Above, watch the first six minutes of the documentary. To purchase the full documentary, visit the website.
Kennedy’s Restaurant, shuttered nearly two years due to Hurricane Sandy, is planning to reopen later this month in Breezy Point. (The original hope was to reopen this summer.) Rockawayist noticed that the building scaffolding just came down, “revealing a beautiful new clapboard façade that blends in effortlessly on the shore.” The owners also added a new glassy space to accommodate 50 more seats.
The historic restaurant, located right on the waterfront with views of Manhattan, opened in 1910 and was originally a casino.
Today, according to the Daily News, the city kicks off the lottery for affordable units at Hunters Point South. Nearly 50,000 NYC residents are expected to enter the lottery for 924 apartments. Applications can be submitted through the NYC Housing Connect website. The Hunters Point South website is also filled with lots of goodies, including rental prices, application instructions and a mailing list. (Thanks to We Heart Astoria for directing us there.) As you can see above, apartments are designated for both low and moderate income households. Prices under the moderate income bracket range from $1,561 to $4,346 for a studio to three bedroom; prices under the low income bracket range from $494 to $959. As We Heart Astoria says, “We have to say — the numbers in the moderate income table seem kind of high.” We agree, although those prices are significantly lower than the median price for an LIC studio this September, at $2,293.
We couldn’t find the actual income restrictions — for affordable NYC housing, you need to make a certain amount of money to be considered for certain types of apartments, and usually the bracket is quite limited. Community Board Two residents (Sunnyside, Woodside and LIC) will be given priority over other applicants on 50 percent of these units. Applicants have 60 days to submit applications; they will know if they’ve been picked for an affordable unit by early next year. UPDATE: See all the income restrictions broken down after the jump.
Sunnyside Gardens, in northwest Queens, was the creation of architects Clarence Stein and Henry Wright and the City Housing Corporation led by developer Alexander Bing. Constructed between 1924 and 1928, it consists of a series of “courts” (composed of rows of townhouses and small apartment buildings) built on all or part of sixteen blocks, a total of more than 600 buildings. The designated area also includes the Phipps Gardens apartment buildings, constructed in the early 1930s, and Sunnyside Gardens Park, one of two officially private parks remaining in New York City (the other is Gramercy Park in Manhattan).
The large complex is one of the most significant planned residential communities in New York City and has acheived nagtional and international recognition for its low-rise, low density housing arranged around landscaped open courtyards.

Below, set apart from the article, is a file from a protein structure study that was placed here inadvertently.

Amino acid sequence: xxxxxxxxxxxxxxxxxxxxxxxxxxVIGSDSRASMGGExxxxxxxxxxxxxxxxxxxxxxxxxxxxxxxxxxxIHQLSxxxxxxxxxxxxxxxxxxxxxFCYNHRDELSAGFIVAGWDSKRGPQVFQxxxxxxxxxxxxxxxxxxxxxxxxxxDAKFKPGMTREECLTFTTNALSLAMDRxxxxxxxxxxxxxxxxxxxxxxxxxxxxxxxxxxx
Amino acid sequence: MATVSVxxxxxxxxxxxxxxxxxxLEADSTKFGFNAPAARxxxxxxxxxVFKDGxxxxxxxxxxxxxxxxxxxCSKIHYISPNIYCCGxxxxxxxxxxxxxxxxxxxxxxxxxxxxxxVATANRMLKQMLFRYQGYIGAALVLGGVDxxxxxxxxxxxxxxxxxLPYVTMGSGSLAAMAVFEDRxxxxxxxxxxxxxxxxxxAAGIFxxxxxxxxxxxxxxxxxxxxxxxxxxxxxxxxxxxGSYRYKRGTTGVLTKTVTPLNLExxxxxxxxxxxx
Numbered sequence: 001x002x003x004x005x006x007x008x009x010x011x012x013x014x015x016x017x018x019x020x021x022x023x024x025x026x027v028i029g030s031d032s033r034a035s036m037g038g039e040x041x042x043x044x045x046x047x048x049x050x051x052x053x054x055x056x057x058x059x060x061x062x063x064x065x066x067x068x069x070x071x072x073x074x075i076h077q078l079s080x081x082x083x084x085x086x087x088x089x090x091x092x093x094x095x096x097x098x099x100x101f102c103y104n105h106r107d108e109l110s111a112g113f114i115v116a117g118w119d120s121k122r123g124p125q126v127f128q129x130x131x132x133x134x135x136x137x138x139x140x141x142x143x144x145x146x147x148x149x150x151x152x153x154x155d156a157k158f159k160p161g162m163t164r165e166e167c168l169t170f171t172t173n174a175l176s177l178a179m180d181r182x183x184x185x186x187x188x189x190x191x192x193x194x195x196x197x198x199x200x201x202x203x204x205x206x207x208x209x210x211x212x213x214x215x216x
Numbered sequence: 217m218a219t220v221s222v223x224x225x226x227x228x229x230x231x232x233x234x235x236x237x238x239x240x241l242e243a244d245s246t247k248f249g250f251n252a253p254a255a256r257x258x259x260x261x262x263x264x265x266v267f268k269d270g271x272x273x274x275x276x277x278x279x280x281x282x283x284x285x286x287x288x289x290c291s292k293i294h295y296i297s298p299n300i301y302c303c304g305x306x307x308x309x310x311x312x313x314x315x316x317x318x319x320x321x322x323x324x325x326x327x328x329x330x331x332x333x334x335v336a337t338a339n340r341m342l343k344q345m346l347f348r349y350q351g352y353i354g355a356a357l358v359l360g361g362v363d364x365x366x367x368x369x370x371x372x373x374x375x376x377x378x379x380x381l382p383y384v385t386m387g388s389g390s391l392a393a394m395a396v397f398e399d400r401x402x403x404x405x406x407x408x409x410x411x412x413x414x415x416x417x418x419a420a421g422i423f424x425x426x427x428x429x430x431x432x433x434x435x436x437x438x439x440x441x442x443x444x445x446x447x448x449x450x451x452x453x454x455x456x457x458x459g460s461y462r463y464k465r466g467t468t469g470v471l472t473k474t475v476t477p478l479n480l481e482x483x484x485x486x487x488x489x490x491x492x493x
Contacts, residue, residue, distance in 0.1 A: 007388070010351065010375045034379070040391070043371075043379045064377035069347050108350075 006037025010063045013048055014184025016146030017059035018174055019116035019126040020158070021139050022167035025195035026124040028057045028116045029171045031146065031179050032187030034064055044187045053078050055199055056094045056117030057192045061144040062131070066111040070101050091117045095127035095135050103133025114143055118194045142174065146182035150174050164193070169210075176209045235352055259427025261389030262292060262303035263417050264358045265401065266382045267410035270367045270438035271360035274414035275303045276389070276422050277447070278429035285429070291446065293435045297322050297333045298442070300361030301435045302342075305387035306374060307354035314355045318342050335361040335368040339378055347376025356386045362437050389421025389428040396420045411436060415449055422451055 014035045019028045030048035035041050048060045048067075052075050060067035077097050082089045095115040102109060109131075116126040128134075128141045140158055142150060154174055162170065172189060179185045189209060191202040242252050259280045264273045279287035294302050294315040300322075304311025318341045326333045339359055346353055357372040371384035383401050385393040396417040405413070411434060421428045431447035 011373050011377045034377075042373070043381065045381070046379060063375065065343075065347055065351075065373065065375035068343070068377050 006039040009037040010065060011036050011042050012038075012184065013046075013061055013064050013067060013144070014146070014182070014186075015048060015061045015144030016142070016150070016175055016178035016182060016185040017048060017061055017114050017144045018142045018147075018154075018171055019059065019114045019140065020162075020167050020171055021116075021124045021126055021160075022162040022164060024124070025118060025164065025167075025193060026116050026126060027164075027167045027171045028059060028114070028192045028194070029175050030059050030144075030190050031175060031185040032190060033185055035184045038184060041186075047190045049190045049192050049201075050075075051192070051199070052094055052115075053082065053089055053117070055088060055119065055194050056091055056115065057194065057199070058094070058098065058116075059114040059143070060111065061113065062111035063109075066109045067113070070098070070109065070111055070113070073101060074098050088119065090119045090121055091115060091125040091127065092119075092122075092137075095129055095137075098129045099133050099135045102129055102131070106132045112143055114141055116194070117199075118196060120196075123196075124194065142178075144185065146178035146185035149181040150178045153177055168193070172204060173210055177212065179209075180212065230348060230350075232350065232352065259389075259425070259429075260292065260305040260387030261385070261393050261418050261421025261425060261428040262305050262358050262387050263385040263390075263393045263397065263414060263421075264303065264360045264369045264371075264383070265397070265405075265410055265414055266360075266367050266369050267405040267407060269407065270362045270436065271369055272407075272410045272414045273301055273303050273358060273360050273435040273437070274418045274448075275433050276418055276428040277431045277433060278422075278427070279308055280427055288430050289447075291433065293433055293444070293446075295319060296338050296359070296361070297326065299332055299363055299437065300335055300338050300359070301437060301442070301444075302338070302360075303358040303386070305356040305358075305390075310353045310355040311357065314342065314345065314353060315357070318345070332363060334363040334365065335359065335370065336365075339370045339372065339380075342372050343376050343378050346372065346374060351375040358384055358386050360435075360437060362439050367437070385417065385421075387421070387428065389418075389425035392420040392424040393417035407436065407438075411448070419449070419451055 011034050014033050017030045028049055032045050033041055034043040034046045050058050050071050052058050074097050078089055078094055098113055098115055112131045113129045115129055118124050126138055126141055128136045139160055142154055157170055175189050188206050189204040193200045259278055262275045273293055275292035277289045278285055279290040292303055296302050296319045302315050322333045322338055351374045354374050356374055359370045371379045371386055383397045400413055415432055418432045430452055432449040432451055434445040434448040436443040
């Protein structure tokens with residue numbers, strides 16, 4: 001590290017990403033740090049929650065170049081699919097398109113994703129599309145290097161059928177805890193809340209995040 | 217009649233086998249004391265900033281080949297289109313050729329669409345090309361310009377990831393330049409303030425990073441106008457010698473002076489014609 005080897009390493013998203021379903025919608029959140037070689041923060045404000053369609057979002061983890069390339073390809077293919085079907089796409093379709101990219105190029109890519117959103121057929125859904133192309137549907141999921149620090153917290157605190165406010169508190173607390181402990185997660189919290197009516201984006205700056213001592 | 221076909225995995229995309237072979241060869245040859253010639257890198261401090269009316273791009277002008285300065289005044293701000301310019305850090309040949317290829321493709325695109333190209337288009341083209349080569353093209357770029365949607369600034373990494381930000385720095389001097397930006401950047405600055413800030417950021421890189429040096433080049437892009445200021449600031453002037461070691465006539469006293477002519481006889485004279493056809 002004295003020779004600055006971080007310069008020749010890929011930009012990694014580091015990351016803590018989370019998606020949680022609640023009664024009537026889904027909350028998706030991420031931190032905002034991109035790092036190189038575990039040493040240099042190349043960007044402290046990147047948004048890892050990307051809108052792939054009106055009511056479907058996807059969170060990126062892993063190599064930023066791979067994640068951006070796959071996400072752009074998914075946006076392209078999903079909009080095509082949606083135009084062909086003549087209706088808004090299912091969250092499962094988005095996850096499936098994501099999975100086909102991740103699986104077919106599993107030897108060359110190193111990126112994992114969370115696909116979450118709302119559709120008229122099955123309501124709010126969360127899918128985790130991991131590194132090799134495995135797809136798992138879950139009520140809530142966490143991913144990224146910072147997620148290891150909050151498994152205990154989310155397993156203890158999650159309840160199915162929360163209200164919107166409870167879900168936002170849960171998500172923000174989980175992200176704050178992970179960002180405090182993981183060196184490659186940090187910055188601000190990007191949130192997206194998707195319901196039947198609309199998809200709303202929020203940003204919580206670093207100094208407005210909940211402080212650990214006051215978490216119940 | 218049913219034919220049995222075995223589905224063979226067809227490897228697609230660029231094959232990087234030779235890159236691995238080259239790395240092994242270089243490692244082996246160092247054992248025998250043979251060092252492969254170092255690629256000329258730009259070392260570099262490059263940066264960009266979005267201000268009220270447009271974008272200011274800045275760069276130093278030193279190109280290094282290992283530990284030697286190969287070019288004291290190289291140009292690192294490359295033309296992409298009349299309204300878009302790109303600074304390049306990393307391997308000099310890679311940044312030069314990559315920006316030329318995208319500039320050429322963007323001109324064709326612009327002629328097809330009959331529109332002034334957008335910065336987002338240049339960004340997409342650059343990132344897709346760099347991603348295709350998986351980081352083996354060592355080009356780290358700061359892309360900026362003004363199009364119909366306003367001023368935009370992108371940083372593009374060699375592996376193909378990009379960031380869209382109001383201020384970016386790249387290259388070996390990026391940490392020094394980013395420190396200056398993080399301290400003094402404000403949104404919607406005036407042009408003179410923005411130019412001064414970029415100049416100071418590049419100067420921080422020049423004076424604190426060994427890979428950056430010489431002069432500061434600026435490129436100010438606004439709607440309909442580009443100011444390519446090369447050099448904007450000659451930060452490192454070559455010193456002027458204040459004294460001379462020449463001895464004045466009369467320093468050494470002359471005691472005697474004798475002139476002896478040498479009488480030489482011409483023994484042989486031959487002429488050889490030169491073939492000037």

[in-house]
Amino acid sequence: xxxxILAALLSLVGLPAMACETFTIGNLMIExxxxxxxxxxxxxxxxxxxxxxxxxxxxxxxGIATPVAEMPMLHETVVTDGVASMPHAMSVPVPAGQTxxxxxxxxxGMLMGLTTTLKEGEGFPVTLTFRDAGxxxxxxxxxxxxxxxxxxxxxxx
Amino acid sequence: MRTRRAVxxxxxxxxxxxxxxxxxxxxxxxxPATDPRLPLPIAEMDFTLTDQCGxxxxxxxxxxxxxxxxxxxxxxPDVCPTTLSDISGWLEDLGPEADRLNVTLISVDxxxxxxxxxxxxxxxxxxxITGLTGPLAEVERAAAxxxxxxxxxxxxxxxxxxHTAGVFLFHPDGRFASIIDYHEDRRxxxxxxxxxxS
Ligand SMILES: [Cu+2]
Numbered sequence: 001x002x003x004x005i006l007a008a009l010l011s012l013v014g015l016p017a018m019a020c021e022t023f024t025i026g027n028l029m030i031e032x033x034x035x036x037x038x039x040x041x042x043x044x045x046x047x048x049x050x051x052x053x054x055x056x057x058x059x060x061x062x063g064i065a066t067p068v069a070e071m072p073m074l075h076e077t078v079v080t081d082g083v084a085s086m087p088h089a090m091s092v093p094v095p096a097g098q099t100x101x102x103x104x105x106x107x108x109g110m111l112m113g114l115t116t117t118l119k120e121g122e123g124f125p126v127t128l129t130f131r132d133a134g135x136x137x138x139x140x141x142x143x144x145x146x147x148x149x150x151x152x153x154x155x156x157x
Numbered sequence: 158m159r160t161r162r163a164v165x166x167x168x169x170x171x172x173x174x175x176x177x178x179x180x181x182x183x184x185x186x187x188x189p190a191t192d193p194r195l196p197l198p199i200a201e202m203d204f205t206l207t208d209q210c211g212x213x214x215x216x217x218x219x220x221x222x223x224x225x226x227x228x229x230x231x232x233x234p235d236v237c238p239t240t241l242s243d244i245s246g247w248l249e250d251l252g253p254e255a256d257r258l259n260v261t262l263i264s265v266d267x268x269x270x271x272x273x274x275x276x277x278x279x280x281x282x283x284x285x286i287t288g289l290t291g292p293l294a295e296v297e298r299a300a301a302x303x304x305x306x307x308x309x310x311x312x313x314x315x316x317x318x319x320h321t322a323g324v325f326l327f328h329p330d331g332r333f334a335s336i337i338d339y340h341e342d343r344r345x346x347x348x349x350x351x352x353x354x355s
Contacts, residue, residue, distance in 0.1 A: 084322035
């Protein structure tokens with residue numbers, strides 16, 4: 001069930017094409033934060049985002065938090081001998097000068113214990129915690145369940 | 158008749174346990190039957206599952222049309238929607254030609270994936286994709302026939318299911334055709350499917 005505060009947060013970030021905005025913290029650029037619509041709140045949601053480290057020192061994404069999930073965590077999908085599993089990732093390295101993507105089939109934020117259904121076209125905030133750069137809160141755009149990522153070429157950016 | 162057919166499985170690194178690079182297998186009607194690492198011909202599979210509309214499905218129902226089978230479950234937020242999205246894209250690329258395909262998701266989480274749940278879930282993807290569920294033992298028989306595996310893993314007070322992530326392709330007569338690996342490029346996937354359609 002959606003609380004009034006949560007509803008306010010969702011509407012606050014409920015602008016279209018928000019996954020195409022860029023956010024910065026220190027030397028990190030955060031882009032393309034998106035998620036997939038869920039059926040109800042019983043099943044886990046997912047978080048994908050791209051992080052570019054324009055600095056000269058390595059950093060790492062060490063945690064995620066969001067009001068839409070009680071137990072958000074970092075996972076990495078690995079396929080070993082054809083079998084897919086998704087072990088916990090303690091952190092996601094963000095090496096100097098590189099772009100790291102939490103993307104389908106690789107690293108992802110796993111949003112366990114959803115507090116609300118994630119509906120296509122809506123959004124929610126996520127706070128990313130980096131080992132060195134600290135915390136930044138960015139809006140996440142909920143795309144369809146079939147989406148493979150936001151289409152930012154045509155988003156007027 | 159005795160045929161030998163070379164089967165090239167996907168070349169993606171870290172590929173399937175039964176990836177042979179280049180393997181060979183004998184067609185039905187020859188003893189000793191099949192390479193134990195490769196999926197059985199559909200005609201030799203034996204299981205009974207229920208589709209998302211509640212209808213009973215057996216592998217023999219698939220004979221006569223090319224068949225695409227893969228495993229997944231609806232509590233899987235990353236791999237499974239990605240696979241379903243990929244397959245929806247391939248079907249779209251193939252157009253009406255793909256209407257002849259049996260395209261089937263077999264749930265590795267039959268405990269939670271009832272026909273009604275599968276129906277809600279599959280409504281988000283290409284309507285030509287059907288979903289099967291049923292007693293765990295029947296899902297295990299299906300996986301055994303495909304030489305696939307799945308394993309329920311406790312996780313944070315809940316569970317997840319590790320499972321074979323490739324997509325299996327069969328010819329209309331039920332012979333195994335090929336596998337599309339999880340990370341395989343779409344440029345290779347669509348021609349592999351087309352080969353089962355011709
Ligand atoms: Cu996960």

In the early years of the Great Depression, nearly 60 percent of Sunnyside Gardens’ residents lost their homes to foreclosure. Those difficult years saw organized resistance by residents who forcefully opposed efforts by city marshals to evict families. The character of Sunnyside Gardens was protected by 40-year easements which assured the integrity of the courtyards and common walkways and controlled changes to the exterior of every property, extending even to paint color.
From the 1940s through the mid-1960s, young families and artists moved to Sunnyside from more crowded parts of the city. Well-known residents of that period included Rudy Vallee, Judy Holliday and Perry Como and a young James Caan.
On June 26, 2007, the Landmarks Preservation Commission voted to designate the community. Before designation, there was considerable illegal or inappropriate work done on the Gardens’ houses. Since designation, the district is returning to its original character.
Later today the Trust for Public Land will reveal its latest QueensWay proposal, but the Times and the Daily News have run stories early in regards to the plans. Renderings envision outdoor nature classrooms, exercise stations, a commuter route, a bike trail, an arts hub, a rock climbing wall and food concessions that showcase ethnic eats. The goal of the design, according to the Times, “Is to keep some of the wild feel while adding cultural and recreational attractions.” There are also new access points proposed throughout the park, which is now an abandoned LIRR railway running from Ozone Park to Rego Park. The estimated cost is $120,000,000; so far the Friends of the QueensWay organization raised $1,200,000.
The report is the result of months of community workshops. While proponents of the QueensWay argue that the new park will directly benefit 320,000 people living within a mile of the abandoned rail line, not everyone wants it. There are still lingering concerns about privacy and security, and some transportation advocates want the railway reopened for trains. (The QueensWay designers addressed concerns of privacy by placing the bike path closest to the homes, adding trees and fencing and moving the lights to footpath level.) While the land is owned by the city, Mayor de Blasio hasn’t weighed in on the plans yet.